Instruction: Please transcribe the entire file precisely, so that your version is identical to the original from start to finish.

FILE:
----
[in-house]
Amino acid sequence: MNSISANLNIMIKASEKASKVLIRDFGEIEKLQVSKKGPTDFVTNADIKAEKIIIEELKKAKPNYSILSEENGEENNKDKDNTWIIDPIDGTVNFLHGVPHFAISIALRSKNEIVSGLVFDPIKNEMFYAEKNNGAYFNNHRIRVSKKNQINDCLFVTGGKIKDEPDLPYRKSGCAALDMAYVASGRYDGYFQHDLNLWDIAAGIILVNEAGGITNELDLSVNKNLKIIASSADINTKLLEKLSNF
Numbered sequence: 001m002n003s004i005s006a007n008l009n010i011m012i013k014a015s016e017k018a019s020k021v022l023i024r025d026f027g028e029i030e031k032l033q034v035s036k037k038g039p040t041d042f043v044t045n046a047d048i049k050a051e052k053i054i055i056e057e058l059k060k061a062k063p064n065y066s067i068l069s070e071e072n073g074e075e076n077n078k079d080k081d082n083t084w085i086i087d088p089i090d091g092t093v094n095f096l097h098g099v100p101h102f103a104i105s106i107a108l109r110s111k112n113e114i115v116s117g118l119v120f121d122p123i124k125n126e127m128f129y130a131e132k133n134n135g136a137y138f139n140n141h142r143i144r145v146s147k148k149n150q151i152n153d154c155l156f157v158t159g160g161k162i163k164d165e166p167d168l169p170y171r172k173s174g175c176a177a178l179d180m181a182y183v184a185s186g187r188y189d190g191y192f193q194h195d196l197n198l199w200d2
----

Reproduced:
[in-house]
Amino acid sequence: MNSISANLNIMIKASEKASKVLIRDFGEIEKLQVSKKGPTDFVTNADIKAEKIIIEELKKAKPNYSILSEENGEENNKDKDNTWIIDPIDGTVNFLHGVPHFAISIALRSKNEIVSGLVFDPIKNEMFYAEKNNGAYFNNHRIRVSKKNQINDCLFVTGGKIKDEPDLPYRKSGCAALDMAYVASGRYDGYFQHDLNLWDIAAGIILVNEAGGITNELDLSVNKNLKIIASSADINTKLLEKLSNF
Numbered sequence: 001m002n003s004i005s006a007n008l009n010i011m012i013k014a015s016e017k018a019s020k021v022l023i024r025d026f027g028e029i030e031k032l033q034v035s036k037k038g039p040t041d042f043v044t045n046a047d048i049k050a051e052k053i054i055i056e057e058l059k060k061a062k063p064n065y066s067i068l069s070e071e072n073g074e075e076n077n078k079d080k081d082n083t084w085i086i087d088p089i090d091g092t093v094n095f096l097h098g099v100p101h102f103a104i105s106i107a108l109r110s111k112n113e114i115v116s117g118l119v120f121d122p123i124k125n126e127m128f129y130a131e132k133n134n135g136a137y138f139n140n141h142r143i144r145v146s147k148k149n150q151i152n153d154c155l156f157v158t159g160g161k162i163k164d165e166p167d168l169p170y171r172k173s174g175c176a177a178l179d180m181a182y183v184a185s186g187r188y189d190g191y192f193q194h195d196l197n198l199w200d2